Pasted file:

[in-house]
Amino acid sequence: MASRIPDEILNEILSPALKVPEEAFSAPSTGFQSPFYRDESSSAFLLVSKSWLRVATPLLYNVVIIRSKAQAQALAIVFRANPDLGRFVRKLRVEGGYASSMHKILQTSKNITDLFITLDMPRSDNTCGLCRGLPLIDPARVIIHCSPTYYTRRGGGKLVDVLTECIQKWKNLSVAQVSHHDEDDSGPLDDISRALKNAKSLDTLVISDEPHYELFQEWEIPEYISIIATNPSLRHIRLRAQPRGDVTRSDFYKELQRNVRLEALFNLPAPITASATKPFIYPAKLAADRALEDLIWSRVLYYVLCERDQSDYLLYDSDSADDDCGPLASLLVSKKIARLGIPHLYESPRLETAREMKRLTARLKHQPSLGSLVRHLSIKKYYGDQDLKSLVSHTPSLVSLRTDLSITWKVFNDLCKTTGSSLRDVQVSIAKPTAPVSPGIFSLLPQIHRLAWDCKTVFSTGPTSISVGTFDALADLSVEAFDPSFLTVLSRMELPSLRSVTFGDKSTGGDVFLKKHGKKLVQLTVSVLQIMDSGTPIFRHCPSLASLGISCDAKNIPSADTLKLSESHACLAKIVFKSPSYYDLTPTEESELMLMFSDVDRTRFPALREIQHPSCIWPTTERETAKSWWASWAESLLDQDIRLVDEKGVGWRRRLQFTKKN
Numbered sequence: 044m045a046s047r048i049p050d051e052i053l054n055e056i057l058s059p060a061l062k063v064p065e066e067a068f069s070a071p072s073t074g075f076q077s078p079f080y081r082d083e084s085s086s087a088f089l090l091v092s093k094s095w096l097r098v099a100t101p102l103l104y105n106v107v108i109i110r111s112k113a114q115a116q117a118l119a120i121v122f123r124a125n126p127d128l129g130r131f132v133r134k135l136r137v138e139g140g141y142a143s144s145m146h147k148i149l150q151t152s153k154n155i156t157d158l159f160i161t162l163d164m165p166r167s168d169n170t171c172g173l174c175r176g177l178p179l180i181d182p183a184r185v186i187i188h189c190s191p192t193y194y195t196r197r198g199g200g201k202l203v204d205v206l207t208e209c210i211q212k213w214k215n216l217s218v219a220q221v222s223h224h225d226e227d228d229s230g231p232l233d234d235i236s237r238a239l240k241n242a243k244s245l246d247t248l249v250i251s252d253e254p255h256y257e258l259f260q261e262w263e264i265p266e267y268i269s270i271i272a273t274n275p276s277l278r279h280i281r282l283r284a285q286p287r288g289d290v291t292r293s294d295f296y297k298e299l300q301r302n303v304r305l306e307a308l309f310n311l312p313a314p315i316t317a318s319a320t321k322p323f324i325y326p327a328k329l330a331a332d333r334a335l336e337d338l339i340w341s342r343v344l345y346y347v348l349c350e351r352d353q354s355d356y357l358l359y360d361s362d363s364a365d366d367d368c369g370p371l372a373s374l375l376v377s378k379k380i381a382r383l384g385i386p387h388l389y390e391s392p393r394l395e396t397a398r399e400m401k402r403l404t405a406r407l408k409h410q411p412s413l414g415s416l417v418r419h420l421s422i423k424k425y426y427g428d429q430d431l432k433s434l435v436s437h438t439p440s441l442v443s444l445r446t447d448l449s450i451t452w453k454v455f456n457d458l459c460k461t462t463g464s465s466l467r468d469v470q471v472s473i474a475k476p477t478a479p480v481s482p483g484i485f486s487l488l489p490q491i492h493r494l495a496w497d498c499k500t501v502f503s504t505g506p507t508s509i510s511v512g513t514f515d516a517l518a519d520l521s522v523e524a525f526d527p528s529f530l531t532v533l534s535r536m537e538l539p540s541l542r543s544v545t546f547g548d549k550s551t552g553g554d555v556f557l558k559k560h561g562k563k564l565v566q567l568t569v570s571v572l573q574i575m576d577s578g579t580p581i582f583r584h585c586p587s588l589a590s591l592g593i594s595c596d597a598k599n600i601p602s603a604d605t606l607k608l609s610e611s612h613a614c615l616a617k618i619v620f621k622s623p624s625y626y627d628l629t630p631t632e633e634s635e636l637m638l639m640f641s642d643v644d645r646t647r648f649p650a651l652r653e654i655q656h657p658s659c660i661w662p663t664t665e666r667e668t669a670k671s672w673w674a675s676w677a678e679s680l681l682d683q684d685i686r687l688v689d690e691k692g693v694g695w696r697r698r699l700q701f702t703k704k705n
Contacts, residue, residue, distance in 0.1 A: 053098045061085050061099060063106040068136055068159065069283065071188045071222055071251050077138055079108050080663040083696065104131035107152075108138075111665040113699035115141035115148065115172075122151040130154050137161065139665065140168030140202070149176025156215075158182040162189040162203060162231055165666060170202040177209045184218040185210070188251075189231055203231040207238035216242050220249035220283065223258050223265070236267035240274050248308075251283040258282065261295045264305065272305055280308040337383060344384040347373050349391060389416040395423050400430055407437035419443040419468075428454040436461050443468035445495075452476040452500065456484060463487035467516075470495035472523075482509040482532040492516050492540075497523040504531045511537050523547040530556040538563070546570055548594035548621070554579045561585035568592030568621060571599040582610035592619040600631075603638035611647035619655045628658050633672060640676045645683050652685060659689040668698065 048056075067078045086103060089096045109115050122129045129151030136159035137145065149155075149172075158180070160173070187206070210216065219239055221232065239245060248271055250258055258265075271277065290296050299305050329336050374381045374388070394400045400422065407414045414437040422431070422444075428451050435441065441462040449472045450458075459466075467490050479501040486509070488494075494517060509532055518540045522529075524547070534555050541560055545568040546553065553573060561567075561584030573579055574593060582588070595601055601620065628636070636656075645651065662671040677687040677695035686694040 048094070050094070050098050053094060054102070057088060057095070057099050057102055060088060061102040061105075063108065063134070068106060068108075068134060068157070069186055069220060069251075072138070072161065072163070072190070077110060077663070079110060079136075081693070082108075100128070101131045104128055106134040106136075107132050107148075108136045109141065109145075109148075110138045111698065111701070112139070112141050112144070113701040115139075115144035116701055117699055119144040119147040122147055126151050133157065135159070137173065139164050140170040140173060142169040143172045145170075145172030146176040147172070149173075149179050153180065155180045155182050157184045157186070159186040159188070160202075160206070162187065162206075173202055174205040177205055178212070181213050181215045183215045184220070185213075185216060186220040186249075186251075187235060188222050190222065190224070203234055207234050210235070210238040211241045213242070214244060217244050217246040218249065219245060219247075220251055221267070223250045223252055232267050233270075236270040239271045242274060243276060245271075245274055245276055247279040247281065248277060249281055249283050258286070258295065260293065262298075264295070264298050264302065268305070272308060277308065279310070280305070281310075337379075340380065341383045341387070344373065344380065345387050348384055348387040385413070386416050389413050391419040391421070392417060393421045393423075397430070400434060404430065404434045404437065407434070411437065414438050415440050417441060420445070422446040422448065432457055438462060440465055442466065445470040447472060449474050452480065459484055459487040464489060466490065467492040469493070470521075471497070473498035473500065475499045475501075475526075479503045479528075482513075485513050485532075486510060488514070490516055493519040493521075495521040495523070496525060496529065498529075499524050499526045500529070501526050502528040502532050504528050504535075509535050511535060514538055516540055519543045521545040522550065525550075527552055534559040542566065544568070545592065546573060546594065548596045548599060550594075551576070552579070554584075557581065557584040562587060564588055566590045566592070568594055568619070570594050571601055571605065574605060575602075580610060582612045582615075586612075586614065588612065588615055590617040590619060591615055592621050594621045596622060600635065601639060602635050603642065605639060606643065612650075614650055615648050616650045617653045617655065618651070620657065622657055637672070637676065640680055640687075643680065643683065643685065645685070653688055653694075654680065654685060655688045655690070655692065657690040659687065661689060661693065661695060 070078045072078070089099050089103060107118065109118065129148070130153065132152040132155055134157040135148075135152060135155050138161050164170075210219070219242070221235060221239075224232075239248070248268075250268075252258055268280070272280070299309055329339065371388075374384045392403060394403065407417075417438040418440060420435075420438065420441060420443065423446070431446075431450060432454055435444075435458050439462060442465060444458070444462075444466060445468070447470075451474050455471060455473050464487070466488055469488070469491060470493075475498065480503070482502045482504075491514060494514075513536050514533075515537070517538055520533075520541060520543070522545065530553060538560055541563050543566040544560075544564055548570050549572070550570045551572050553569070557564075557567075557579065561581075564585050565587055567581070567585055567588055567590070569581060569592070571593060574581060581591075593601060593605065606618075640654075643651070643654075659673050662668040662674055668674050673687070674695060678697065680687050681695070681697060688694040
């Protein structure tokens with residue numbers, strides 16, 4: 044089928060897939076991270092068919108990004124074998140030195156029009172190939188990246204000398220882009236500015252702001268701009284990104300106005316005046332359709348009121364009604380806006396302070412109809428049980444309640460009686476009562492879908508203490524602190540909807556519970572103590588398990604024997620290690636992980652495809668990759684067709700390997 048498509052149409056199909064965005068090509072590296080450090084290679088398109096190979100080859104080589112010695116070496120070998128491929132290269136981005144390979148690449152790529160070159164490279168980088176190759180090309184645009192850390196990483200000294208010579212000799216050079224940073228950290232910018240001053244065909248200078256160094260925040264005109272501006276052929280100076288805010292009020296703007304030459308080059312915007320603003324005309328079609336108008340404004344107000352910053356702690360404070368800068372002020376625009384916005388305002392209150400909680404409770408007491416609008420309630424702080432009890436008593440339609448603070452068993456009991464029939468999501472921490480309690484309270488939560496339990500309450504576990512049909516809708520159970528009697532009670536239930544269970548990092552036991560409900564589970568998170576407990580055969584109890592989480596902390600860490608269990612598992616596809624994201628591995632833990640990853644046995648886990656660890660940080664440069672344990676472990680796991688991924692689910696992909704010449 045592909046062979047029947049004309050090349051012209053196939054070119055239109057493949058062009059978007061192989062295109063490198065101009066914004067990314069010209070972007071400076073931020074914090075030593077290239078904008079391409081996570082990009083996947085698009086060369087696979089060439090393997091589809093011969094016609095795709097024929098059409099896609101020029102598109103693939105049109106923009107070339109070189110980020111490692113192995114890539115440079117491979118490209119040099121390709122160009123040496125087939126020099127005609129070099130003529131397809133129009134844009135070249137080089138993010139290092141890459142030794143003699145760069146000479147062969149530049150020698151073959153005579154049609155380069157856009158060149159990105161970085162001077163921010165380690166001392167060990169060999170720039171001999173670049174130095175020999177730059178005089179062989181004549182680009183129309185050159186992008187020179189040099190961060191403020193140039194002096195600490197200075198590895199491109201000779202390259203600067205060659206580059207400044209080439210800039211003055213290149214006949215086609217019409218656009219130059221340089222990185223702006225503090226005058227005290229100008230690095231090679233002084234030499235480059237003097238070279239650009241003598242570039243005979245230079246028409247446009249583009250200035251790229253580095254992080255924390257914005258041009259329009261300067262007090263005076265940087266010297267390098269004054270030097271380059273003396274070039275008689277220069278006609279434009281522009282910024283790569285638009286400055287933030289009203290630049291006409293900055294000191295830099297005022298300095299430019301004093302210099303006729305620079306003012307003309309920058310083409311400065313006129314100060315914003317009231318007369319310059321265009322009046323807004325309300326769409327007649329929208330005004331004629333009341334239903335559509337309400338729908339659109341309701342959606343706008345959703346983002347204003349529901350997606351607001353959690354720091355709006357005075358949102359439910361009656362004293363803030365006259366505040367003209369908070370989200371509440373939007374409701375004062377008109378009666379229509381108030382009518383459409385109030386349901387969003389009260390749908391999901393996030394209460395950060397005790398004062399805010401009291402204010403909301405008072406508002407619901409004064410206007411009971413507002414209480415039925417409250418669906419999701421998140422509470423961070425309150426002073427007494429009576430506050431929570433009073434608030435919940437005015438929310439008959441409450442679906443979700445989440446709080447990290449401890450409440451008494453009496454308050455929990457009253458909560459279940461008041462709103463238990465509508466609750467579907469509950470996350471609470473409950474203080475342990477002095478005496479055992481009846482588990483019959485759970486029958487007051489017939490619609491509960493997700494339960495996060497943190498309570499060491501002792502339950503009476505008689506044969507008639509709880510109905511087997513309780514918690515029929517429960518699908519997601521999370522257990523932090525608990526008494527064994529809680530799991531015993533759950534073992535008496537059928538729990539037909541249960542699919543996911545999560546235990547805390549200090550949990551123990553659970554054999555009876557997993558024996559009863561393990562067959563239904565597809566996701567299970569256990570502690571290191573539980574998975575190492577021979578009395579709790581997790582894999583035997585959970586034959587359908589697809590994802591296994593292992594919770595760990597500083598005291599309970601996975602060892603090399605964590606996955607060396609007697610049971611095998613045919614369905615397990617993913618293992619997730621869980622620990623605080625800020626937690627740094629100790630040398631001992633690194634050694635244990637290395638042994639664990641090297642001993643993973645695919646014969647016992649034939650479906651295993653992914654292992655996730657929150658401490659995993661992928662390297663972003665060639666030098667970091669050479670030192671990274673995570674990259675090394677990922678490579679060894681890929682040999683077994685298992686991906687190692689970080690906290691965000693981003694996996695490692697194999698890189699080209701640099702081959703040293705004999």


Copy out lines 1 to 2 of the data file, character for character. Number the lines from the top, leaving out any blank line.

[in-house]
Amino acid sequence: MASRIPDEILNEILSPALKVPEEAFSAPSTGFQSPFYRDESSSAFLLVSKSWLRVATPLLYNVVIIRSKAQAQALAIVFRANPDLGRFVRKLRVEGGYASSMHKILQTSKNITDLFITLDMPRSDNTCGLCRGLPLIDPARVIIHCSPTYYTRRGGGKLVDVLTECIQKWKNLSVAQVSHHDEDDSGPLDDISRALKNAKSLDTLVISDEPHYELFQEWEIPEYISIIATNPSLRHIRLRAQPRGDVTRSDFYKELQRNVRLEALFNLPAPITASATKPFIYPAKLAADRALEDLIWSRVLYYVLCERDQSDYLLYDSDSADDDCGPLASLLVSKKIARLGIPHLYESPRLETAREMKRLTARLKHQPSLGSLVRHLSIKKYYGDQDLKSLVSHTPSLVSLRTDLSITWKVFNDLCKTTGSSLRDVQVSIAKPTAPVSPGIFSLLPQIHRLAWDCKTVFSTGPTSISVGTFDALADLSVEAFDPSFLTVLSRMELPSLRSVTFGDKSTGGDVFLKKHGKKLVQLTVSVLQIMDSGTPIFRHCPSLASLGISCDAKNIPSADTLKLSESHACLAKIVFKSPSYYDLTPTEESELMLMFSDVDRTRFPALREIQHPSCIWPTTERETAKSWWASWAESLLDQDIRLVDEKGVGWRRRLQFTKKN